White House's New Techie-in-Chief Is an Ex-Microsoft Man

Steven VanRoekel, current managing director of the FCC and former Microsoft executive, will become the Chief Information Officer (CIO) for the federal government this Thursday and be responsible for the country's $80 billion-a-year IT budget.

The CIO is a relatively new position, created by the current Obama administration, and is primarily responsible for creating "transparency, accountability, and citizen participation in Federal Government through the use of innovative IT strategies." This means not only managing the IT budget, but improving security practices, increasing efficiency and generally making the Federal government run more smoothly.

VanRoekel comes from the the Federal Communications Commission where he oversaw all operational aspects of the agency and helped in the agency's adoption of new technology and media. Before that, he served as a Microsoft executive in the Windows Server and Tools division.

He's certainly no stranger to improving efficiency through strategic technology implementation. When he was still the director of midsize business solutions strategy, he headed up the development of Windows Essential Business Server which was "designed to help midsize businesses achieve greater efficiency by simplifying the management and deployment of the company's infrastructure, while also facilitating greater integration, security and automation of specific tasks."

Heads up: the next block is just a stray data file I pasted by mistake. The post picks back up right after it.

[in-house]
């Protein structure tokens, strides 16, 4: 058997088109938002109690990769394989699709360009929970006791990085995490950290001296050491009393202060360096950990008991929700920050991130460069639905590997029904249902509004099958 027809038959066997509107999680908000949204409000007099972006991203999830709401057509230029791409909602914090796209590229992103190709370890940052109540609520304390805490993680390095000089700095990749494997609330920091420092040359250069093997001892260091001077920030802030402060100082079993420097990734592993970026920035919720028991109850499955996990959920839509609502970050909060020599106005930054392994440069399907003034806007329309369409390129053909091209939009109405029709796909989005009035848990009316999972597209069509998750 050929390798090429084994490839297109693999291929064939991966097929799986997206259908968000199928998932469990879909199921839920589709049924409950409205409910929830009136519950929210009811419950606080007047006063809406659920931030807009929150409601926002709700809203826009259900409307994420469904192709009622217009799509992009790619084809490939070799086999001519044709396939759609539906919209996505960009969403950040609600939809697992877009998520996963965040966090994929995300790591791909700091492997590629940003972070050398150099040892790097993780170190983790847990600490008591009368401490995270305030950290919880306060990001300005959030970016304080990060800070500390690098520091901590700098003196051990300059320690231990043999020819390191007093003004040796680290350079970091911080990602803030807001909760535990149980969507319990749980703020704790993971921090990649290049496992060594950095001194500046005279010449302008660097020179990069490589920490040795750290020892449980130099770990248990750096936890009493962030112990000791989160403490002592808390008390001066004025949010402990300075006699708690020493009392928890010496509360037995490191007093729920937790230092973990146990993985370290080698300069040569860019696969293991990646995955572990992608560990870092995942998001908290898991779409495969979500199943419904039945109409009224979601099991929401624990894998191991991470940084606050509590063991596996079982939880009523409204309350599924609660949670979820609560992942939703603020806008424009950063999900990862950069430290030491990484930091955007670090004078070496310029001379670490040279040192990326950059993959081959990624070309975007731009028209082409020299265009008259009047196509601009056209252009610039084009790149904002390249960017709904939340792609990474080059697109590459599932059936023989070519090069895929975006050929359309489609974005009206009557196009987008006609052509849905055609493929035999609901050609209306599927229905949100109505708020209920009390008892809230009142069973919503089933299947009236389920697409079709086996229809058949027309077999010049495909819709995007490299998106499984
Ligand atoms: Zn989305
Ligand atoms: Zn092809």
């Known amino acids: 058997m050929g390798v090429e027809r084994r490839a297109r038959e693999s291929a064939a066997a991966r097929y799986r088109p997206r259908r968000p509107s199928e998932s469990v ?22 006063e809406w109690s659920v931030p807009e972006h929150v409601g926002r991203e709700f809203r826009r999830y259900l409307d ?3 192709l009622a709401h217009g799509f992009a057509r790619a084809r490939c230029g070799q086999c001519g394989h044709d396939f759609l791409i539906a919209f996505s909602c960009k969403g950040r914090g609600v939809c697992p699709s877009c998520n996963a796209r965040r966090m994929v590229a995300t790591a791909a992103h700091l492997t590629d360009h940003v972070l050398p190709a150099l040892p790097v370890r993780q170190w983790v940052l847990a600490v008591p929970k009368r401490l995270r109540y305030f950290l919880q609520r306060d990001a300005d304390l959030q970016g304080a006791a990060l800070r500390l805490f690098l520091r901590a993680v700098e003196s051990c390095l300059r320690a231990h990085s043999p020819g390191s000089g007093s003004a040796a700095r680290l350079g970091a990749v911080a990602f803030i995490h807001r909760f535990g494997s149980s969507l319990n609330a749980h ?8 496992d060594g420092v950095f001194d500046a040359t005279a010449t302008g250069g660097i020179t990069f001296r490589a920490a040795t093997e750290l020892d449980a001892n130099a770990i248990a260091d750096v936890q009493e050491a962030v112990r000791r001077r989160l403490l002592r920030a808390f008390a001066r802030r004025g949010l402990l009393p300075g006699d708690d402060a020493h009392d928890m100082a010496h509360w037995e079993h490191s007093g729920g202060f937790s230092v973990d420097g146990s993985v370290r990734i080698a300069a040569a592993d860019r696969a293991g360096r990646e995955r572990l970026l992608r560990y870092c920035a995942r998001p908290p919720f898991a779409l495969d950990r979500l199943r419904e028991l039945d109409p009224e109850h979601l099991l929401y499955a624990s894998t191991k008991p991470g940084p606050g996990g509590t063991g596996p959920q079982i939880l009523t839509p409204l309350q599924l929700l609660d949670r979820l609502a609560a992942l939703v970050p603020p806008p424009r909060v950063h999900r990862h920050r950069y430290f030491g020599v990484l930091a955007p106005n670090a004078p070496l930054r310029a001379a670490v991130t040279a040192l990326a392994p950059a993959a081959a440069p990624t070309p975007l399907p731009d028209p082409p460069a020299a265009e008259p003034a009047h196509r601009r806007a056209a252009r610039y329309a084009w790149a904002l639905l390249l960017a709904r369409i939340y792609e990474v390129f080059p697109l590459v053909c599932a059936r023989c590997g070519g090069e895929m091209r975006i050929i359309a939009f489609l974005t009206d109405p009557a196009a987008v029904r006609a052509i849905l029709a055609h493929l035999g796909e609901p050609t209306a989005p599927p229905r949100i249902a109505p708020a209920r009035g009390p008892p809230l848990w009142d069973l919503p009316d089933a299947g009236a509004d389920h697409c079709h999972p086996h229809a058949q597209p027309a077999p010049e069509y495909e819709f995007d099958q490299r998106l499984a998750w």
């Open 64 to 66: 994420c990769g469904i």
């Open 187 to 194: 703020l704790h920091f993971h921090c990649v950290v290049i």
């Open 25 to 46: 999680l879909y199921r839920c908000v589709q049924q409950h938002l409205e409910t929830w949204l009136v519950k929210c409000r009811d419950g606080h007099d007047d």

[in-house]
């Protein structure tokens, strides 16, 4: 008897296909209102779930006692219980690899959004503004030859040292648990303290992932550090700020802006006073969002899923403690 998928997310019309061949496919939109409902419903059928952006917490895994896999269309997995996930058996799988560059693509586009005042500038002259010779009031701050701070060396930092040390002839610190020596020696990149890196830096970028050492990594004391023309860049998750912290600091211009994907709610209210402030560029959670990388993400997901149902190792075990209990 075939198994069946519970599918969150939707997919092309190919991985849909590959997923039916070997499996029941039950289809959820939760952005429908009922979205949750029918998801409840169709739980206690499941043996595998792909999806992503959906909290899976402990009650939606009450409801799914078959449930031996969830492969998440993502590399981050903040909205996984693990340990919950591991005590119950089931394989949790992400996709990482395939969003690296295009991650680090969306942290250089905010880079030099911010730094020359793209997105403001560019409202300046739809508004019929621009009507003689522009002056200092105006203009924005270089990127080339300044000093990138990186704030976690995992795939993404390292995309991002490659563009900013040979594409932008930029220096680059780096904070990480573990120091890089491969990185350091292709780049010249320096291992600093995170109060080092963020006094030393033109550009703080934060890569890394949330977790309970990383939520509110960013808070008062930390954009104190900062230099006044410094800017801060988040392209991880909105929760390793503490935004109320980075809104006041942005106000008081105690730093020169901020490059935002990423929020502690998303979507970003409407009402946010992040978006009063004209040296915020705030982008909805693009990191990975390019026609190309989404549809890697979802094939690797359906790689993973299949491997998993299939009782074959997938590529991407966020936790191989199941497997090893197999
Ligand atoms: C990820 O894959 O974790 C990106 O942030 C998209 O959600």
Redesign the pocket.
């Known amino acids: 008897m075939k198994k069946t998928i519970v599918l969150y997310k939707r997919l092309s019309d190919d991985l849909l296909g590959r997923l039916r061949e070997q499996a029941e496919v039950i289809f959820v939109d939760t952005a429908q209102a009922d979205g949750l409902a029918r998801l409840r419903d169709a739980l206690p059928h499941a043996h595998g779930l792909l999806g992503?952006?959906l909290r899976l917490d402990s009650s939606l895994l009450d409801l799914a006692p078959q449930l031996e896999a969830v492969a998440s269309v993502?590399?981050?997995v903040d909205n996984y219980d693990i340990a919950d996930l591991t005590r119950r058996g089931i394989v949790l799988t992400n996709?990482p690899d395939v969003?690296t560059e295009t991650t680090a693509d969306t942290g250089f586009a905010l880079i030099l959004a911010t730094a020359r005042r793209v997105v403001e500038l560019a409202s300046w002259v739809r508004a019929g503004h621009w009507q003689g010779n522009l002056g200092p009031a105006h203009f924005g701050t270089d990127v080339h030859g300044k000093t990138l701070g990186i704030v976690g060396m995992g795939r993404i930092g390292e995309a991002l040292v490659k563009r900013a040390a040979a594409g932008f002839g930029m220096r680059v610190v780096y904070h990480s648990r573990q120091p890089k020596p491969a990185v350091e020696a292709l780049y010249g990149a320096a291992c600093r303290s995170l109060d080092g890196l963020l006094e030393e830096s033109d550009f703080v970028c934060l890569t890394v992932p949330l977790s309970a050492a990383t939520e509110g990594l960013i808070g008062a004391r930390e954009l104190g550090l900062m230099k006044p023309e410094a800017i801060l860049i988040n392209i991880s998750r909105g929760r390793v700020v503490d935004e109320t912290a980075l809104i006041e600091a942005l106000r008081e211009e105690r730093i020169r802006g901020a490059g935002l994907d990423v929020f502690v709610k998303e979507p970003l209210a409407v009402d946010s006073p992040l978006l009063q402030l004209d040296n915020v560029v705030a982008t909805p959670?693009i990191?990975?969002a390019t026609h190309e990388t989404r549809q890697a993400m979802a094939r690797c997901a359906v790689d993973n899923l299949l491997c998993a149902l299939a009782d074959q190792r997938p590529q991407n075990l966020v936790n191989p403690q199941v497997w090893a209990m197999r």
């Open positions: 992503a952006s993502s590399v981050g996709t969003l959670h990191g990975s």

The former CIO, Vivek Kundra, has held the position since March of 2009 and introduced programs like the IT Dashboard, a publicly available site that tracks the spending vs progress of federal IT projects (through which they pared under-performing projects worth an estimated $3 billion in savings), and nudged the Feds towards The Cloud rather than relying on desktop computing.

[The NY Times - NetCaucus - FCC - image courtesy of Shutterstock]